So now, let's take those pesky remaining gray dots, as well as some new ones that might have popped up since we figured out our patterns. I've put a dark border around them:

Data diagram including new leads

Your prediction system will scrutinize each of these possibilities to see which patterns in your list it follows. If it follows a lot of the patterns associated with conversion, the system will predict that it will convert. If it follows a lot of the patterns associated with non-conversion, the system will predict non-conversion.

Diagram showing predictions

Beware silly patterns

Easy, right? Too easy you might say. The reason to be skeptical here is that the patterns your prediction system found may be coincidences rather than reflect some underlying truth.

For example, your prediction system may say:

Here's a pattern I found! Leads with one of these exact email addresses convert, all others don't:,, ...,

Sounds silly, but it happens all the time when the wrong kind of data is examined for patterns. The methods your prediction system uses aren't always clever enough to distinguish between goofy patterns and serious ones. Based on the data available, this pattern is actually incredibly powerful! In fact, it's 100% accurate.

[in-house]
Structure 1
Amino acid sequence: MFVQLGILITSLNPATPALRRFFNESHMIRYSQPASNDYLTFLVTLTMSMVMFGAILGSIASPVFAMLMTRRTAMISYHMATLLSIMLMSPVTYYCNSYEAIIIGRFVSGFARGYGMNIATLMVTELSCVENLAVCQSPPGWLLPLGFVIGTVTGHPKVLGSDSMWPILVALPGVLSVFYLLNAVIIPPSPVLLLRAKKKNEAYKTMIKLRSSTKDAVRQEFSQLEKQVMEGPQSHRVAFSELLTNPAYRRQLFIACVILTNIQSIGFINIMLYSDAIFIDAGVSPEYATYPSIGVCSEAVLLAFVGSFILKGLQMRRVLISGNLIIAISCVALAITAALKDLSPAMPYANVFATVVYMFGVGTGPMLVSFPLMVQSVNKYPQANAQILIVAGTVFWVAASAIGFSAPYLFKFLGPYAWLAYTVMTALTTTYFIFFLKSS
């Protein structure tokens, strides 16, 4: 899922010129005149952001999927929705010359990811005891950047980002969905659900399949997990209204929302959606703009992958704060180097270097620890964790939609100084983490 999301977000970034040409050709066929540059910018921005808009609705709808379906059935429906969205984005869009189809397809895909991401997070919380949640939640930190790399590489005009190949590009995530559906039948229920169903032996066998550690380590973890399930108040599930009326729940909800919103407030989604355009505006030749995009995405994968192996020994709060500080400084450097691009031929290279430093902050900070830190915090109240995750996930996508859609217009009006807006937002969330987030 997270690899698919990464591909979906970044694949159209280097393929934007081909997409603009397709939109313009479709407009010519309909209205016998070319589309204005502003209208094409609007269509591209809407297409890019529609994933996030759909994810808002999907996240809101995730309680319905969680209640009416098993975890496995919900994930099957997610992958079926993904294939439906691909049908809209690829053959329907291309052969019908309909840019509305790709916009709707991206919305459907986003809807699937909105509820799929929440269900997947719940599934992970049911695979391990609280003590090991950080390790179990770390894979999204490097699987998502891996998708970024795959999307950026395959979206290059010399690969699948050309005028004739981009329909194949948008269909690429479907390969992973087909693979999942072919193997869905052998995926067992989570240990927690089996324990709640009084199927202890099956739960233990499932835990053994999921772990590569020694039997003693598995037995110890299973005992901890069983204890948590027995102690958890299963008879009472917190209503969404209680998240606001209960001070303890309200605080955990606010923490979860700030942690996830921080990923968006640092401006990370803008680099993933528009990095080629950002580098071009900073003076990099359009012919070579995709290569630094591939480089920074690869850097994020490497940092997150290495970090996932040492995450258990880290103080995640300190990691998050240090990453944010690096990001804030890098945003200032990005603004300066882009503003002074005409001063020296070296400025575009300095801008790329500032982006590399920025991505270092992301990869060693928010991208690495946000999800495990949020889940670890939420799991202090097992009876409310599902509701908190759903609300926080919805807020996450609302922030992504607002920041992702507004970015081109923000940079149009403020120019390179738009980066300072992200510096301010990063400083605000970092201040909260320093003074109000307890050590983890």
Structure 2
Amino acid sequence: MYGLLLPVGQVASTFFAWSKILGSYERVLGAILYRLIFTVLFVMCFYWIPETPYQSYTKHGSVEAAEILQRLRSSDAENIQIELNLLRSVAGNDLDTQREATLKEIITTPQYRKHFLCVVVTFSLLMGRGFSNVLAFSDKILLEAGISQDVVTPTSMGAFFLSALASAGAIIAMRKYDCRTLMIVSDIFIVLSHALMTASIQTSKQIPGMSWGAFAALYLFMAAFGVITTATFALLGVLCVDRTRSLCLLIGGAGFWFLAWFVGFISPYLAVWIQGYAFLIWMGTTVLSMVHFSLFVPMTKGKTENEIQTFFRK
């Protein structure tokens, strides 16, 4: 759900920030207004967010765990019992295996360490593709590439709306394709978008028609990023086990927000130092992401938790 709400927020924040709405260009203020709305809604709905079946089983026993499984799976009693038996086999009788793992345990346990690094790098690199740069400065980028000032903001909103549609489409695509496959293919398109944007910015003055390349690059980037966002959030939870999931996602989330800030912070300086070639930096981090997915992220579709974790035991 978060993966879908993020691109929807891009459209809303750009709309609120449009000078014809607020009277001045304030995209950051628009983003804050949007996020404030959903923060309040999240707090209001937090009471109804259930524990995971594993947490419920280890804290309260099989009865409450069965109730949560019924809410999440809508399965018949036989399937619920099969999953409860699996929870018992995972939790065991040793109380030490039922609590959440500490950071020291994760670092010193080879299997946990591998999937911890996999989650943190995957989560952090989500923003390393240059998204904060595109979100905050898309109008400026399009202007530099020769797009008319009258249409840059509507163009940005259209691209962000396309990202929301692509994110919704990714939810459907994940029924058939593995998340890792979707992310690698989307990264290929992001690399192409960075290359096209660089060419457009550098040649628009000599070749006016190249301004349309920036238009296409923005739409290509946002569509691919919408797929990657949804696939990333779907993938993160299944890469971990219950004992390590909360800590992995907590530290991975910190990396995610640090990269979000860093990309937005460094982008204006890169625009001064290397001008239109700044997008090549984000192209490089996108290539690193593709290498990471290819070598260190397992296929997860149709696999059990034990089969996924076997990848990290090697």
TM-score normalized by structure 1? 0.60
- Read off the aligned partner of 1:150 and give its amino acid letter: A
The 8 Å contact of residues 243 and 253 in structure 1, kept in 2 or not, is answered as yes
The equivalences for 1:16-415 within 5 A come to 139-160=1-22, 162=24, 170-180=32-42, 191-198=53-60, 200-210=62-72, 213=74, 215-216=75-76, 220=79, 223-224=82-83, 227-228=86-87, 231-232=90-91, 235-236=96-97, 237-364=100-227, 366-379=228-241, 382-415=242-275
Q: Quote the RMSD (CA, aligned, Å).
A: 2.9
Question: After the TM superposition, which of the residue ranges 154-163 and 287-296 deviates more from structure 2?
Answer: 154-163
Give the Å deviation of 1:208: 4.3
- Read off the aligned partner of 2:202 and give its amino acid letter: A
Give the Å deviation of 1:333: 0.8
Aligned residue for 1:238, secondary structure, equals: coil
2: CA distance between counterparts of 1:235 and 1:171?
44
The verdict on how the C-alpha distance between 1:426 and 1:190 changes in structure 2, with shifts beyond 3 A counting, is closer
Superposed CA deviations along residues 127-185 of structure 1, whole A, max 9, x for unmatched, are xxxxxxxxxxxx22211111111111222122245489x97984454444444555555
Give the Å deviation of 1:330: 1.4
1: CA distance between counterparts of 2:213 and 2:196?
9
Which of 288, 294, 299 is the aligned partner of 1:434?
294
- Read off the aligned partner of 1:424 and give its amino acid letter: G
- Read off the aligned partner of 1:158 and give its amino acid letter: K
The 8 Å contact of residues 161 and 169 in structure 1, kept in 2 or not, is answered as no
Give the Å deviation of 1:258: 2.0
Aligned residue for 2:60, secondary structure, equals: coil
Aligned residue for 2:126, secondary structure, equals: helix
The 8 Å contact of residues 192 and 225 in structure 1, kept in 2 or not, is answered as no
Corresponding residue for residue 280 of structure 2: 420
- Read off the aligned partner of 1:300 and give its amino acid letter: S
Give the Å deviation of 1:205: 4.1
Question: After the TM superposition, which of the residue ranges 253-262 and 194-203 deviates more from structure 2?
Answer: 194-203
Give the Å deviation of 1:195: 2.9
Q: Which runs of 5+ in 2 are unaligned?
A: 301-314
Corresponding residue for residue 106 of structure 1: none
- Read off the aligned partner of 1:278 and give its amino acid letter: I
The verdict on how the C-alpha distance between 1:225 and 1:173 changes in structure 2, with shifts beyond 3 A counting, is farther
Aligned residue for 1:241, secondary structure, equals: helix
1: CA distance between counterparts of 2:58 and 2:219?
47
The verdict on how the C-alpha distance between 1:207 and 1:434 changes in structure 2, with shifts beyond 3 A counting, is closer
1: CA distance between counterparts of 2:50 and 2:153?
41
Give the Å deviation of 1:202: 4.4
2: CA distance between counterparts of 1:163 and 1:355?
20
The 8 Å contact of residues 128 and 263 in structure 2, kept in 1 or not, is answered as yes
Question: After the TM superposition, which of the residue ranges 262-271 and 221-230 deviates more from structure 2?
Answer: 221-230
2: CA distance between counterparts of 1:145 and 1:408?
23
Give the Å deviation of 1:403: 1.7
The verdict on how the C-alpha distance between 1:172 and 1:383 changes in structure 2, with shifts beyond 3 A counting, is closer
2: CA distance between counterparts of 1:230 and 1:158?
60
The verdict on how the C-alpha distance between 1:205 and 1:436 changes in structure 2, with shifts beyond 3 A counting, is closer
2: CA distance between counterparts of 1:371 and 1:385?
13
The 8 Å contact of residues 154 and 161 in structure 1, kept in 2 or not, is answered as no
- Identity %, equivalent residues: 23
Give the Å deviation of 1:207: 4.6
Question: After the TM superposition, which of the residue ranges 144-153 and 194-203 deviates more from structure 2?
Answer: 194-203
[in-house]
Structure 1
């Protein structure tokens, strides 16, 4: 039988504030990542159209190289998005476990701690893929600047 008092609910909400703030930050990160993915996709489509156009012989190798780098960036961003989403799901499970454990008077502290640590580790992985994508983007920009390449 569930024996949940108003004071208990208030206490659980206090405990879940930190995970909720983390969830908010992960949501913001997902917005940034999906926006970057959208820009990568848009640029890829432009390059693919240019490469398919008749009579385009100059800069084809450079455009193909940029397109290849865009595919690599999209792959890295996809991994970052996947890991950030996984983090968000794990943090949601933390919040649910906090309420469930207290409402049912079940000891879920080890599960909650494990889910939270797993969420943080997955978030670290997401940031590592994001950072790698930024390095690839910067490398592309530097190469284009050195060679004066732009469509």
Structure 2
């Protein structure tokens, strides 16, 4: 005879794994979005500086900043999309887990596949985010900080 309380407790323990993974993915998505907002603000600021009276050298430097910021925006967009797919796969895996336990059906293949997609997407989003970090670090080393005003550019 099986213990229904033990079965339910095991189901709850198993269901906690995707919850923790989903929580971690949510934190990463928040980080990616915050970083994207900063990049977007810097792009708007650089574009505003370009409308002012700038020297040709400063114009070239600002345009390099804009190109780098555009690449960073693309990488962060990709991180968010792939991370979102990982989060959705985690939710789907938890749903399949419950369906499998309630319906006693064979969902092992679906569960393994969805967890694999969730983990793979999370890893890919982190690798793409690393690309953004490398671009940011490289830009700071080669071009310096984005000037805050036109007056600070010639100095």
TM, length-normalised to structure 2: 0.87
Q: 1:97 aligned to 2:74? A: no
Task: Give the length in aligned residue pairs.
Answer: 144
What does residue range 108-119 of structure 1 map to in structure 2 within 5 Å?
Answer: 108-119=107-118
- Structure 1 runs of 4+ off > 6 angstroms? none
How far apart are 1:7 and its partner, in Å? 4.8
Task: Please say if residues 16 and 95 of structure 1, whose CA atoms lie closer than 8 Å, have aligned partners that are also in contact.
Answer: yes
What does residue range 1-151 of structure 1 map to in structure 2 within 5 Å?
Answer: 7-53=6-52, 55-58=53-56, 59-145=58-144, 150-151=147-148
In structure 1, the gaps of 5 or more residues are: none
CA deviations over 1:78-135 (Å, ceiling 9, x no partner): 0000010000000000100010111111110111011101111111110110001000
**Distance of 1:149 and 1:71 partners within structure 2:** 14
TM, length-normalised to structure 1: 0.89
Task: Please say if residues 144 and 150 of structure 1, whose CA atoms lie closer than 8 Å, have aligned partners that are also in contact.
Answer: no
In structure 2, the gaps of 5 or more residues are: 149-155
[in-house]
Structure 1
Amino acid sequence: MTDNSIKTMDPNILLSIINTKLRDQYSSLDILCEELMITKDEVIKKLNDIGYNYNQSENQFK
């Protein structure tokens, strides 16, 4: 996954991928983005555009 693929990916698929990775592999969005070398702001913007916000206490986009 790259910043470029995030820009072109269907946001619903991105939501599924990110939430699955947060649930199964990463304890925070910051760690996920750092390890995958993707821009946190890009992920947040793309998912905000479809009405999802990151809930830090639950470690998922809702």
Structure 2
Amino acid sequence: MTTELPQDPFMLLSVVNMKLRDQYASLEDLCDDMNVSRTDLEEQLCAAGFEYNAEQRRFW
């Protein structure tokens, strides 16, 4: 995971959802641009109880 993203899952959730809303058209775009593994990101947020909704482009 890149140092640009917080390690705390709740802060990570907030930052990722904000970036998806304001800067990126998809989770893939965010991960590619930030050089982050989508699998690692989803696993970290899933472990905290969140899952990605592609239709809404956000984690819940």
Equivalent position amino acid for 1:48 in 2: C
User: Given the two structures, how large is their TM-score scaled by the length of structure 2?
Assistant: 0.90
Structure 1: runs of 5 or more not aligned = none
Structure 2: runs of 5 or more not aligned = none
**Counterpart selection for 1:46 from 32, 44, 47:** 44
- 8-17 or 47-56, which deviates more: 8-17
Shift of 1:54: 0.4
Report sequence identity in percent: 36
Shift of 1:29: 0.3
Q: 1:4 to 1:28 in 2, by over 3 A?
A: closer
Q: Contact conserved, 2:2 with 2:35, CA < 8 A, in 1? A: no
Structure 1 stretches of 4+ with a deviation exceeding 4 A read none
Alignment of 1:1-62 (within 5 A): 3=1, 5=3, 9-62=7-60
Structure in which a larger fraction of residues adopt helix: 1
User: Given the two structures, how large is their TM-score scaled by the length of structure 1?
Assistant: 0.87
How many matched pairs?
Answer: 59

Problem is, it will never work with any new leads, because they'll all have different email addresses and the system will therefore predict non-conversion for all of them.

Three holdout testing methods to see if your predictions are accurate

The way to avoid this kind of silliness is to "test" your patterns to see if they're right. If they pass the test, you can trust them going forward.

Think about your tests in school: your teacher asked you questions and you provided answers. Your teacher knew the true answers. If your answers matched the teacher's true answers, you got an A.

The hardest part of all this is that somebody has to "know" the "true" answers. If only we had some lead data where we knew the right answer . . .

But of course we do! We know which leads actually converted and which didn't. We just can't use the same data to both find patterns and put those patterns to the test.